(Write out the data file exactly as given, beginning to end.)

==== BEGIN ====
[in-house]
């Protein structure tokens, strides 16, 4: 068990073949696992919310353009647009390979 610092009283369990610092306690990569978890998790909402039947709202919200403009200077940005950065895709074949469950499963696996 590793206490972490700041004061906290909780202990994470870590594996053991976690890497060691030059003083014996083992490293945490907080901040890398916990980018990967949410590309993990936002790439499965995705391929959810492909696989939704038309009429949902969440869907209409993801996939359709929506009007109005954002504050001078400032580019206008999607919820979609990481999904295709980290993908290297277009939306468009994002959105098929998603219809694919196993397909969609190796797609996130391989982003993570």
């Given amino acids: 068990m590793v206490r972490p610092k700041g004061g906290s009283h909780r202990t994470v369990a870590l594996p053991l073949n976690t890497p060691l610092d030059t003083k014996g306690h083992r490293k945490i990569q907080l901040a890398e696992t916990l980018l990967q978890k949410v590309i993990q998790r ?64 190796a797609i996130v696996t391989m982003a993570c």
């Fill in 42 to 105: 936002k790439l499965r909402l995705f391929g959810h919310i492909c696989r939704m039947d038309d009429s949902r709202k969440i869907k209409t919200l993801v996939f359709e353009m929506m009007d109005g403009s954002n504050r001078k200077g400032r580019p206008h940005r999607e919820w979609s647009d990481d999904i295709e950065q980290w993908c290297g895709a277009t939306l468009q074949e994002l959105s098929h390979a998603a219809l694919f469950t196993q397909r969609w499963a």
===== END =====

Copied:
[in-house]
């Protein structure tokens, strides 16, 4: 068990073949696992919310353009647009390979 610092009283369990610092306690990569978890998790909402039947709202919200403009200077940005950065895709074949469950499963696996 590793206490972490700041004061906290909780202990994470870590594996053991976690890497060691030059003083014996083992490293945490907080901040890398916990980018990967949410590309993990936002790439499965995705391929959810492909696989939704038309009429949902969440869907209409993801996939359709929506009007109005954002504050001078400032580019206008999607919820979609990481999904295709980290993908290297277009939306468009994002959105098929998603219809694919196993397909969609190796797609996130391989982003993570």
């Given amino acids: 068990m590793v206490r972490p610092k700041g004061g906290s009283h909780r202990t994470v369990a870590l594996p053991l073949n976690t890497p060691l610092d030059t003083k014996g306690h083992r490293k945490i990569q907080l901040a890398e696992t916990l980018l990967q978890k949410v590309i993990q998790r ?64 190796a797609i996130v696996t391989m982003a993570c």
């Fill in 42 to 105: 936002k790439l499965r909402l995705f391929g959810h919310i492909c696989r939704m039947d038309d009429s949902r709202k969440i869907k209409t919200l993801v996939f359709e353009m929506m009007d109005g403009s954002n504050r001078k200077g400032r580019p206008h940005r999607e919820w979609s647009d990481d999904i295709e950065q980290w993908c290297g895709a277009t939306l468009q074949e994002l959105s098929h390979a998603a219809l694919f469950t196993q397909r969609w499963a």